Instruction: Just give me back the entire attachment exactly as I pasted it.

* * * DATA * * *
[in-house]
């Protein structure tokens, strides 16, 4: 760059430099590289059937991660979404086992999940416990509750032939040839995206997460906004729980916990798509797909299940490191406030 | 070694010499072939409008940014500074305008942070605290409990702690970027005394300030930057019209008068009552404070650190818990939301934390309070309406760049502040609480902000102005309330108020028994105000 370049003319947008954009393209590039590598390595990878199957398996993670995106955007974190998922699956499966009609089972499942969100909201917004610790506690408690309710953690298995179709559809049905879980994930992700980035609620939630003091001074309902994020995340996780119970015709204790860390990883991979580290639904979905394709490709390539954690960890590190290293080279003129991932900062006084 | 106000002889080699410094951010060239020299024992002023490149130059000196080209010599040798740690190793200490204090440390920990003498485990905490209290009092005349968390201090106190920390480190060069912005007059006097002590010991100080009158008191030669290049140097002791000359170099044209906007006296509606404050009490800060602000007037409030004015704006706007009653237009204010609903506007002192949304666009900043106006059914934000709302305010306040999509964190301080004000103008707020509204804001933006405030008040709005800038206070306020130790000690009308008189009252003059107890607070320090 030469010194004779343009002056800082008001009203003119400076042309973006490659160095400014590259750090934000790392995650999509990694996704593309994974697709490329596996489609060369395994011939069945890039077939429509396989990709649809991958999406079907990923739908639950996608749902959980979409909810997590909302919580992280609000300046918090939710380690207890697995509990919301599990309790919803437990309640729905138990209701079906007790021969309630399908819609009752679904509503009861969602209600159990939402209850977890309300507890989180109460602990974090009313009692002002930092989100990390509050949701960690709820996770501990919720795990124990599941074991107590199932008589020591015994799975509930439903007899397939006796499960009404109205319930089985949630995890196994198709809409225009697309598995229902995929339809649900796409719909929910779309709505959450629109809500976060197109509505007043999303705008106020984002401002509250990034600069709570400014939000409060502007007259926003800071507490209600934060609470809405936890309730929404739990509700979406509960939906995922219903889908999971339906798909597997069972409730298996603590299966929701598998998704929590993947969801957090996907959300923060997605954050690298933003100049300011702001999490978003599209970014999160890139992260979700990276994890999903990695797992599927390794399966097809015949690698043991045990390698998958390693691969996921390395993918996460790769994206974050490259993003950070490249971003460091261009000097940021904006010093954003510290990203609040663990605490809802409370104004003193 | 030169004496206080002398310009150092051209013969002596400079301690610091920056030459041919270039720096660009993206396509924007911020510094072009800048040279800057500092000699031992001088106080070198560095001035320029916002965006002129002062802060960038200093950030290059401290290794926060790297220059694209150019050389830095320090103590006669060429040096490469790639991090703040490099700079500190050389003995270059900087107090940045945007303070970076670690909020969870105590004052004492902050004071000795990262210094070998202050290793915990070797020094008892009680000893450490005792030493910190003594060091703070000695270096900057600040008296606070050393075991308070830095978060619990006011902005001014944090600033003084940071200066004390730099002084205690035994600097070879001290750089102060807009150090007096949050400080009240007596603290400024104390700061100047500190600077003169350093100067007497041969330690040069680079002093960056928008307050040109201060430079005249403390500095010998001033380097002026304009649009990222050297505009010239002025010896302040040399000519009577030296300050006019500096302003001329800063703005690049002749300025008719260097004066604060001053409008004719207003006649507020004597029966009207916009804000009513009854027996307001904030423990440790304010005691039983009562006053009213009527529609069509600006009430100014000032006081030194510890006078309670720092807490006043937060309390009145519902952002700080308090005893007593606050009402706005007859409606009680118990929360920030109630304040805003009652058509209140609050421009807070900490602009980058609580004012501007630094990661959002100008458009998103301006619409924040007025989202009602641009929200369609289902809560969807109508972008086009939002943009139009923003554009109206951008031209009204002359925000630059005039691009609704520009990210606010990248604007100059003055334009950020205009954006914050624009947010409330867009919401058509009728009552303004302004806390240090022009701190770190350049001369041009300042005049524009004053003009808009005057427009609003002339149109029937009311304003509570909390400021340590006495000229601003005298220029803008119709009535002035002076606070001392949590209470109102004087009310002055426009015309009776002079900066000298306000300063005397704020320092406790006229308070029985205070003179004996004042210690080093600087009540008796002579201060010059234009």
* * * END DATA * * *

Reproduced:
[in-house]
């Protein structure tokens, strides 16, 4: 760059430099590289059937991660979404086992999940416990509750032939040839995206997460906004729980916990798509797909299940490191406030 | 070694010499072939409008940014500074305008942070605290409990702690970027005394300030930057019209008068009552404070650190818990939301934390309070309406760049502040609480902000102005309330108020028994105000 370049003319947008954009393209590039590598390595990878199957398996993670995106955007974190998922699956499966009609089972499942969100909201917004610790506690408690309710953690298995179709559809049905879980994930992700980035609620939630003091001074309902994020995340996780119970015709204790860390990883991979580290639904979905394709490709390539954690960890590190290293080279003129991932900062006084 | 106000002889080699410094951010060239020299024992002023490149130059000196080209010599040798740690190793200490204090440390920990003498485990905490209290009092005349968390201090106190920390480190060069912005007059006097002590010991100080009158008191030669290049140097002791000359170099044209906007006296509606404050009490800060602000007037409030004015704006706007009653237009204010609903506007002192949304666009900043106006059914934000709302305010306040999509964190301080004000103008707020509204804001933006405030008040709005800038206070306020130790000690009308008189009252003059107890607070320090 030469010194004779343009002056800082008001009203003119400076042309973006490659160095400014590259750090934000790392995650999509990694996704593309994974697709490329596996489609060369395994011939069945890039077939429509396989990709649809991958999406079907990923739908639950996608749902959980979409909810997590909302919580992280609000300046918090939710380690207890697995509990919301599990309790919803437990309640729905138990209701079906007790021969309630399908819609009752679904509503009861969602209600159990939402209850977890309300507890989180109460602990974090009313009692002002930092989100990390509050949701960690709820996770501990919720795990124990599941074991107590199932008589020591015994799975509930439903007899397939006796499960009404109205319930089985949630995890196994198709809409225009697309598995229902995929339809649900796409719909929910779309709505959450629109809500976060197109509505007043999303705008106020984002401002509250990034600069709570400014939000409060502007007259926003800071507490209600934060609470809405936890309730929404739990509700979406509960939906995922219903889908999971339906798909597997069972409730298996603590299966929701598998998704929590993947969801957090996907959300923060997605954050690298933003100049300011702001999490978003599209970014999160890139992260979700990276994890999903990695797992599927390794399966097809015949690698043991045990390698998958390693691969996921390395993918996460790769994206974050490259993003950070490249971003460091261009000097940021904006010093954003510290990203609040663990605490809802409370104004003193 | 030169004496206080002398310009150092051209013969002596400079301690610091920056030459041919270039720096660009993206396509924007911020510094072009800048040279800057500092000699031992001088106080070198560095001035320029916002965006002129002062802060960038200093950030290059401290290794926060790297220059694209150019050389830095320090103590006669060429040096490469790639991090703040490099700079500190050389003995270059900087107090940045945007303070970076670690909020969870105590004052004492902050004071000795990262210094070998202050290793915990070797020094008892009680000893450490005792030493910190003594060091703070000695270096900057600040008296606070050393075991308070830095978060619990006011902005001014944090600033003084940071200066004390730099002084205690035994600097070879001290750089102060807009150090007096949050400080009240007596603290400024104390700061100047500190600077003169350093100067007497041969330690040069680079002093960056928008307050040109201060430079005249403390500095010998001033380097002026304009649009990222050297505009010239002025010896302040040399000519009577030296300050006019500096302003001329800063703005690049002749300025008719260097004066604060001053409008004719207003006649507020004597029966009207916009804000009513009854027996307001904030423990440790304010005691039983009562006053009213009527529609069509600006009430100014000032006081030194510890006078309670720092807490006043937060309390009145519902952002700080308090005893007593606050009402706005007859409606009680118990929360920030109630304040805003009652058509209140609050421009807070900490602009980058609580004012501007630094990661959002100008458009998103301006619409924040007025989202009602641009929200369609289902809560969807109508972008086009939002943009139009923003554009109206951008031209009204002359925000630059005039691009609704520009990210606010990248604007100059003055334009950020205009954006914050624009947010409330867009919401058509009728009552303004302004806390240090022009701190770190350049001369041009300042005049524009004053003009808009005057427009609003002339149109029937009311304003509570909390400021340590006495000229601003005298220029803008119709009535002035002076606070001392949590209470109102004087009310002055426009015309009776002079900066000298306000300063005397704020320092406790006229308070029985205070003179004996004042210690080093600087009540008796002579201060010059234009």